I read that even in the Sixties in Managua you took part in demonstrations against the massacres of students carried out by the National Guard. Are you a courageous person – or is it that you just get very angry about things and the anger takes over?
No, I am a very calm person, I am not a hothead. But I believe that individuals can make a difference and I believe that we have to stand up for our principles. I have believed that all my life.
In fact, the realisation of the danger that I face, and the fear, I feel not so much at the time but afterwards, when I look back.
At the time, you are focused on what needs to be done?
Yes, because perhaps otherwise I wouldn’t do it, you know? And in Honduras we had no time for reflection.
Also, I must tell you, I have always believed I have a guardian angel that protects me. You know, why we were not killed…
Your first involvement in humanitarian work was not in 1979 or 1981 but in 1972, when Managua was struck by an earthquake and you persuaded the Rolling Stones to do a benefit concert. Was that also a formative time?
I have to believe that it is possible to avert catastrophe, but unless we are prepared to make profound, revolutionary changes in our lives, the human race will not survive
Of course. I was very young and I witnessed the misery and abject poverty in which the people of Nicaragua lived – and the fact that the Somoza regime appropriated the money they received as aid from the US and other countries. It gave me a different perspective.
You know, it is one thing to know about a situation intellectually, it is another thing to really see it. I could have read all about the atrocities in El Salvador, but if I hadn’t had that experience at Colomoncagua, perhaps I never would have become who I did become. Maybe I would have done, you know, what celebrities do…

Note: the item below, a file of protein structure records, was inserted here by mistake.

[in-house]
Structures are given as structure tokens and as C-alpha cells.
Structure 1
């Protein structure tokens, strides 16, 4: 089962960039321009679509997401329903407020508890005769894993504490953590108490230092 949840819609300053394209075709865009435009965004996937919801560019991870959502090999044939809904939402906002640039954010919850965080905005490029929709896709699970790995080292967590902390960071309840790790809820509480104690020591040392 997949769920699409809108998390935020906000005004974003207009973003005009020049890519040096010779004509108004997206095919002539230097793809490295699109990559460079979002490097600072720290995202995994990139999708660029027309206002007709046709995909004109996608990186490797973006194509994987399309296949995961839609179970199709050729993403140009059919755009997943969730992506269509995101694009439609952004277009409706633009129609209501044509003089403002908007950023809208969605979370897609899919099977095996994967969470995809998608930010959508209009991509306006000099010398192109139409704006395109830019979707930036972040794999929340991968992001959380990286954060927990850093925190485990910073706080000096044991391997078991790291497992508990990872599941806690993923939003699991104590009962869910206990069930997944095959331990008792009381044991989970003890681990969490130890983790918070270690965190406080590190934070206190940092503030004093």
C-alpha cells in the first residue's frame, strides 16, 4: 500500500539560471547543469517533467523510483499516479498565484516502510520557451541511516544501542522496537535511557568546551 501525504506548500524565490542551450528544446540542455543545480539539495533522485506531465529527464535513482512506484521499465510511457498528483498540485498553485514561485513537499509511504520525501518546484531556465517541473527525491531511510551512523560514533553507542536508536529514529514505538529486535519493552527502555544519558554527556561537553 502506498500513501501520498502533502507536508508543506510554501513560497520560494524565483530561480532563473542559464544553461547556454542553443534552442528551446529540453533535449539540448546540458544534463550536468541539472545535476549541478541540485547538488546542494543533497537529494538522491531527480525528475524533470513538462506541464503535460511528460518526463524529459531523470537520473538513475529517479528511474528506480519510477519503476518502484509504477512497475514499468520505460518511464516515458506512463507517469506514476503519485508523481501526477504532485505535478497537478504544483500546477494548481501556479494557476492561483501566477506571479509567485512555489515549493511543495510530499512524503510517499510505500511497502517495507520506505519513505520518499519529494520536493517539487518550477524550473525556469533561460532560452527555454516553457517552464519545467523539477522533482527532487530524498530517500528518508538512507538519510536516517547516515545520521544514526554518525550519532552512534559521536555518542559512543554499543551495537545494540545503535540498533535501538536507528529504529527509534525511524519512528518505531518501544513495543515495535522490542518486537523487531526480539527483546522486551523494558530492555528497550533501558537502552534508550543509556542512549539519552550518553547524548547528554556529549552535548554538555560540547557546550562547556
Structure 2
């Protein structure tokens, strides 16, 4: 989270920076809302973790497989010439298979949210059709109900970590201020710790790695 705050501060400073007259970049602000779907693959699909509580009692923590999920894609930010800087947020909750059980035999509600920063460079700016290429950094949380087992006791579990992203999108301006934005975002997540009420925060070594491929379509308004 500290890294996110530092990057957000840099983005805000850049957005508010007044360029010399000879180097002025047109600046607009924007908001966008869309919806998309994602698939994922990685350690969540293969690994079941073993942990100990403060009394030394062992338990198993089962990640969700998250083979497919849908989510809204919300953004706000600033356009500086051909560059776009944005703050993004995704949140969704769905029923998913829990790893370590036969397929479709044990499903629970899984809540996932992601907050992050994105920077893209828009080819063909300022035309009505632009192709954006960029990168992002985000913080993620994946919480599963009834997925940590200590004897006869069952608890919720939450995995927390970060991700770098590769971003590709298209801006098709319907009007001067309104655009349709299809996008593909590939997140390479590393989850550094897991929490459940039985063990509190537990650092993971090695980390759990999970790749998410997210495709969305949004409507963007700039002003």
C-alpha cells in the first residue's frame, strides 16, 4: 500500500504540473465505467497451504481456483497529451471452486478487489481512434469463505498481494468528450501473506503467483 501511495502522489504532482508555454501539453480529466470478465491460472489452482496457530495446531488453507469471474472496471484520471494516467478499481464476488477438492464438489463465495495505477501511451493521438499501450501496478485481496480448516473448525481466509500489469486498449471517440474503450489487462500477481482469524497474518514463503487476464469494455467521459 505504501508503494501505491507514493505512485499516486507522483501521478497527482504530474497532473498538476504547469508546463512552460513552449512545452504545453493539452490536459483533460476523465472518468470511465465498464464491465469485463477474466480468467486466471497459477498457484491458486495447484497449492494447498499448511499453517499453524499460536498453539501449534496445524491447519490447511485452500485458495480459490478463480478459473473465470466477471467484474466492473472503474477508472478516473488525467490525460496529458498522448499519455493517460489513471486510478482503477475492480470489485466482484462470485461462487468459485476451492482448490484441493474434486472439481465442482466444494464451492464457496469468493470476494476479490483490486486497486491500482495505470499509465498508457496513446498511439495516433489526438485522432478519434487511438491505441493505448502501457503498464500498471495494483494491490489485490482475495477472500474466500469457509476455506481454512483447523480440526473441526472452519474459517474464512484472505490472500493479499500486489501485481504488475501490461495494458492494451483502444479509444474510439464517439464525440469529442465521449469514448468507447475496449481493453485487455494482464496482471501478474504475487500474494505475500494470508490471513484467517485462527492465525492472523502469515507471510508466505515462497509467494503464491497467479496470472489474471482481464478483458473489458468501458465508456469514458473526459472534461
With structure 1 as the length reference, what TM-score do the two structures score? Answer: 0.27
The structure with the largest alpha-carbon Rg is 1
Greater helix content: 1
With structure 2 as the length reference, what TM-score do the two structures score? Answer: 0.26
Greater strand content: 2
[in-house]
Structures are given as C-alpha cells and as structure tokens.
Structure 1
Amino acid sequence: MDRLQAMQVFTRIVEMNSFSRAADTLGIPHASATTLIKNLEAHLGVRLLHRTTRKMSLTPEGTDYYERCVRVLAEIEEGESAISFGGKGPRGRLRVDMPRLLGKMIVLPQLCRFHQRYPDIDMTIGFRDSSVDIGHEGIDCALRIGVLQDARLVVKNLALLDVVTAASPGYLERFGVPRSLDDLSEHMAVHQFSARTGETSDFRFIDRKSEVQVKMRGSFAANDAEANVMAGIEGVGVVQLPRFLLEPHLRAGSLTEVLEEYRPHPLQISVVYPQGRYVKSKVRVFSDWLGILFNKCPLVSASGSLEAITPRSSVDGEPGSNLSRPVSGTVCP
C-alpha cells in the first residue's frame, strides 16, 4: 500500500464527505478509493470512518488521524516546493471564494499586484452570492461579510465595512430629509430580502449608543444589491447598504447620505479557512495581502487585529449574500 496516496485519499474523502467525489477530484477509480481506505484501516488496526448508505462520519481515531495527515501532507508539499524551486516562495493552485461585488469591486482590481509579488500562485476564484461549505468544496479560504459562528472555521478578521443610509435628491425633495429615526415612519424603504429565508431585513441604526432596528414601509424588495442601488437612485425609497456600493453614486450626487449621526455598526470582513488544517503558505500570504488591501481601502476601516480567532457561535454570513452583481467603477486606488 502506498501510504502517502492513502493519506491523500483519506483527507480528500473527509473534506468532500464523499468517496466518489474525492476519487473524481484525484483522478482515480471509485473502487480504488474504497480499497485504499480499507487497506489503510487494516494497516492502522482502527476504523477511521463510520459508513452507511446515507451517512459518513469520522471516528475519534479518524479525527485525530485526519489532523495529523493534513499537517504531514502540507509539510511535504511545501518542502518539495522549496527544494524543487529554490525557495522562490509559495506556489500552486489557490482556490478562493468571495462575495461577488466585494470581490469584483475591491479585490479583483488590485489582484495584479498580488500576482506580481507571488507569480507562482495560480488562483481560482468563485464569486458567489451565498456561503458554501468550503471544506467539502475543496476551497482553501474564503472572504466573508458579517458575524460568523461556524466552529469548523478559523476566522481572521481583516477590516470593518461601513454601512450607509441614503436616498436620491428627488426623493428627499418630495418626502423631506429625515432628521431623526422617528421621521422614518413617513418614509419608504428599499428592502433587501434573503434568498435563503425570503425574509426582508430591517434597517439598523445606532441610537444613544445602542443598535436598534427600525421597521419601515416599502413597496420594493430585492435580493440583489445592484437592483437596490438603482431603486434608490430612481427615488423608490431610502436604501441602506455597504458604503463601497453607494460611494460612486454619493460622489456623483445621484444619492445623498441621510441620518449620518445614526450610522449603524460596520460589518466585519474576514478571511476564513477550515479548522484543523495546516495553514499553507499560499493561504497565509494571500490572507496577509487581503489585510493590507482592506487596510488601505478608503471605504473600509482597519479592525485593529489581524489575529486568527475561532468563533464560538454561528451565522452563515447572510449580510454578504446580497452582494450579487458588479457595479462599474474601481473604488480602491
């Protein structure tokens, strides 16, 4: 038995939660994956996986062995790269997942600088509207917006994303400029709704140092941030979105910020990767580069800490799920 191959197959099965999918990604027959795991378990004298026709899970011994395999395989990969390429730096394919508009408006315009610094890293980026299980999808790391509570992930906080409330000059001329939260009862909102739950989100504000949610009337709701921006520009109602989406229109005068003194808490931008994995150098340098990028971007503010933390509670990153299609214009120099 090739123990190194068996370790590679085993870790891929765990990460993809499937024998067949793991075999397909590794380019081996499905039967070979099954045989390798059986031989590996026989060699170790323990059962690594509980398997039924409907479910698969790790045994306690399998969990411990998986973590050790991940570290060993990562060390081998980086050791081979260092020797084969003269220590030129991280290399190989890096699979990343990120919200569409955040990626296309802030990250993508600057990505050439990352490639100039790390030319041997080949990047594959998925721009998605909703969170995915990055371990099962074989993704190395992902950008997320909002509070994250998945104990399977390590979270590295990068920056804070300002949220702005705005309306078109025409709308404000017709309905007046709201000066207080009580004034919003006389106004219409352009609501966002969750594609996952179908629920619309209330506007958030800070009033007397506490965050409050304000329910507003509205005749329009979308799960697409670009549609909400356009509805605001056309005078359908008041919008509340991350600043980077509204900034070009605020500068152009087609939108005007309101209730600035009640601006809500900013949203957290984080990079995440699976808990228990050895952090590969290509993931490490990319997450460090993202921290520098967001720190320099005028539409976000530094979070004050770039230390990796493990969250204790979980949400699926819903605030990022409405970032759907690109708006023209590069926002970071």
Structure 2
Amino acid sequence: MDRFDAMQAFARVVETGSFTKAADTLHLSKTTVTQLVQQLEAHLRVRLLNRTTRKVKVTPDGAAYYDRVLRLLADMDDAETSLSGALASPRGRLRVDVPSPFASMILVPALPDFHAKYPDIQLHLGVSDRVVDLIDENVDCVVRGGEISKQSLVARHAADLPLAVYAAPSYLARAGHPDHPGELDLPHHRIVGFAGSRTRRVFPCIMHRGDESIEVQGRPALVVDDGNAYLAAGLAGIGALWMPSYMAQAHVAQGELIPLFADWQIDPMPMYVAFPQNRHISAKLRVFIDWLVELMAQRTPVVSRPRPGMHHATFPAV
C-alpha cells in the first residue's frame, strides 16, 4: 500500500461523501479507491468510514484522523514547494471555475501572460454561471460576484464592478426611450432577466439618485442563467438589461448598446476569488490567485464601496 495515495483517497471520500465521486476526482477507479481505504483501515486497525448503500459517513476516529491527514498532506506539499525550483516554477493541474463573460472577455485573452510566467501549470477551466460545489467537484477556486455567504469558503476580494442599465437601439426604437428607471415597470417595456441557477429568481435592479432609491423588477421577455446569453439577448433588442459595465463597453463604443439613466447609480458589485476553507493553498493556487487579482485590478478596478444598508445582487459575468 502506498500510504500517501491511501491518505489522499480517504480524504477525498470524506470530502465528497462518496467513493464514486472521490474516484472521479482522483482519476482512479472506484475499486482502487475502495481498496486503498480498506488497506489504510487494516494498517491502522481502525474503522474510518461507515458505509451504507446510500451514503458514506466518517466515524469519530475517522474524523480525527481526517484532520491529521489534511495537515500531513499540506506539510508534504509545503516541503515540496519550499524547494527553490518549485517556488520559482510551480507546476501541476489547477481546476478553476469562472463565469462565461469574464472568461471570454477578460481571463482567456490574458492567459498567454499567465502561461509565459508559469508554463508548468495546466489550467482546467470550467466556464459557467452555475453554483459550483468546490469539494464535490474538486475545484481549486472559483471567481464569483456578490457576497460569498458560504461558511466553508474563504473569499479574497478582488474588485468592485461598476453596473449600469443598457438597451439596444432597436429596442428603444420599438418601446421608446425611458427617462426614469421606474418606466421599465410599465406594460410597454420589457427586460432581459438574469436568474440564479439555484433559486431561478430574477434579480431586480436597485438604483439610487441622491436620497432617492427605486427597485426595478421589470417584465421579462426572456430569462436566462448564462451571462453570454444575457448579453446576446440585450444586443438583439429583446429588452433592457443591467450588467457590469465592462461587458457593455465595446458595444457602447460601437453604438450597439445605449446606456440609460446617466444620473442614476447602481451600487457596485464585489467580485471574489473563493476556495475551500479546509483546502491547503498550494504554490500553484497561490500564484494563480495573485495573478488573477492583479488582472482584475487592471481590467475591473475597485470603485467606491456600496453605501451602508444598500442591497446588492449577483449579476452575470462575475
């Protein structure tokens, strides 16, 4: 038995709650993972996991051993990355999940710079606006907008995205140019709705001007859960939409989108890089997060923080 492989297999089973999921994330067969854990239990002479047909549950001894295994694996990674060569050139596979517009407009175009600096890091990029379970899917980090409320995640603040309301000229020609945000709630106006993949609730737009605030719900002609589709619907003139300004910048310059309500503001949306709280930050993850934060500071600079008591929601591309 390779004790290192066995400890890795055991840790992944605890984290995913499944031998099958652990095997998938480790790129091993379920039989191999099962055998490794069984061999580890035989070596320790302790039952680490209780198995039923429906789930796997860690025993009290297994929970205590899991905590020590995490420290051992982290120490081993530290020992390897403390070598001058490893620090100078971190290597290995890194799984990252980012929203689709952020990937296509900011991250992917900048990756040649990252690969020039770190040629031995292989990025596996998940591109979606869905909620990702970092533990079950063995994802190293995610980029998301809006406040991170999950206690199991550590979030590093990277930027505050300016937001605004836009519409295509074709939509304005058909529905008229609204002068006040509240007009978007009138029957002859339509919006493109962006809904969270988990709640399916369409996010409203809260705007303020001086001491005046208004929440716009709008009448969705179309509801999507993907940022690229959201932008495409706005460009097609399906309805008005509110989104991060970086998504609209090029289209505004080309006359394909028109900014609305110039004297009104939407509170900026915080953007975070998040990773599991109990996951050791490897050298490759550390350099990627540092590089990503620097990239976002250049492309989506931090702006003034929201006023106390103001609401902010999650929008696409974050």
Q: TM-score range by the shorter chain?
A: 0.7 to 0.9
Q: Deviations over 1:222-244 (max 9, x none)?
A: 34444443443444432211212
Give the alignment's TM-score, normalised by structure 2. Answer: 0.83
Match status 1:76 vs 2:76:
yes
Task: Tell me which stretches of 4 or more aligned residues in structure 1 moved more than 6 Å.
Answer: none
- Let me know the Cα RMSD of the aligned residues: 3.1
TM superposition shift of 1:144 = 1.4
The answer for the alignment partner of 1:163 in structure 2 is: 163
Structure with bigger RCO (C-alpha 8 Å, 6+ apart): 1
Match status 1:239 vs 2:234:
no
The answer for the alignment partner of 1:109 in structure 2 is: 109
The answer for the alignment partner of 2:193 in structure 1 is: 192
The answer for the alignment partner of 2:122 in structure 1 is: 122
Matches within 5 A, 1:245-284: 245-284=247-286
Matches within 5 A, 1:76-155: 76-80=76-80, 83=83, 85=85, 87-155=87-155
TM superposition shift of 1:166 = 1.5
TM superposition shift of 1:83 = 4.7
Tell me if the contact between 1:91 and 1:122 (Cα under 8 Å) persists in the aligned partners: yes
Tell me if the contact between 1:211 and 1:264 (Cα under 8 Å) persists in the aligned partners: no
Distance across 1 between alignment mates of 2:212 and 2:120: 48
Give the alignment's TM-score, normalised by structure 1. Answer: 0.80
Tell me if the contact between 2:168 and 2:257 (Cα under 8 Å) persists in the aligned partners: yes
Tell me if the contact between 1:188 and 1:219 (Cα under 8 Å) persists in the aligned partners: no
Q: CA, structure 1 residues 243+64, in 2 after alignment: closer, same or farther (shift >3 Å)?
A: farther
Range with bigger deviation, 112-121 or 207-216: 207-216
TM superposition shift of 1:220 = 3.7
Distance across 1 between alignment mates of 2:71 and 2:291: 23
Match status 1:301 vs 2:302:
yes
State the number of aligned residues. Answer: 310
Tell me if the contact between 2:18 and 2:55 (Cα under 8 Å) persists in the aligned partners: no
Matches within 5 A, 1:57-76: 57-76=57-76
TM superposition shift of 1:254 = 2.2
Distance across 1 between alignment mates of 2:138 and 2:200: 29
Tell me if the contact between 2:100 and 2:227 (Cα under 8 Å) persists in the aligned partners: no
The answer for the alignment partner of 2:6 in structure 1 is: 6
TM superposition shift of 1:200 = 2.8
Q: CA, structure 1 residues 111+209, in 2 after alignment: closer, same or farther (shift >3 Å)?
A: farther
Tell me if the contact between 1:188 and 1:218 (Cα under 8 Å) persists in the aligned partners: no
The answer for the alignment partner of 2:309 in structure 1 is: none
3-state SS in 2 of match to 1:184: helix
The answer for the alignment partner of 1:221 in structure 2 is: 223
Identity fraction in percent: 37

Today you live in New York as well as London, I think –
I now live in a suitcase.
But you have lived in the US and you have had a lot to do with that country. It is hard to imagine how it seems to someone like you, given that it sponsored so much terror and oppression in Central America.
I must be honest, I can’t say I can just forget the history of invasions and occupations and overthrowing of governments in Latin America and other parts of the developing world. Of course I think about it. When I spoke out against the invasion of Iraq and I said that you cannot impose democracy at gunpoint, I was referring to many things I saw in Latin America, atrocities committed in the name of democracy.
Of course, one has to make a distinction between the people and the government and remember that a lot of Americans opposed the Contra war in Nicaragua and were outspoken against it.2The United States financed the Nicaraguan contrarrevolucionarios, or Contras, from 1981 to 1988. On the other hand, we are all responsible for the governments that we elect…
Do you believe there are fundamental human rights that exist whether we recognise them or not and one day maybe the whole world will wake up to them, or do you think that actually – perhaps with good reason – we are trying to impose on the rest of humankind what are essentially Judeo-Christian or humanist values?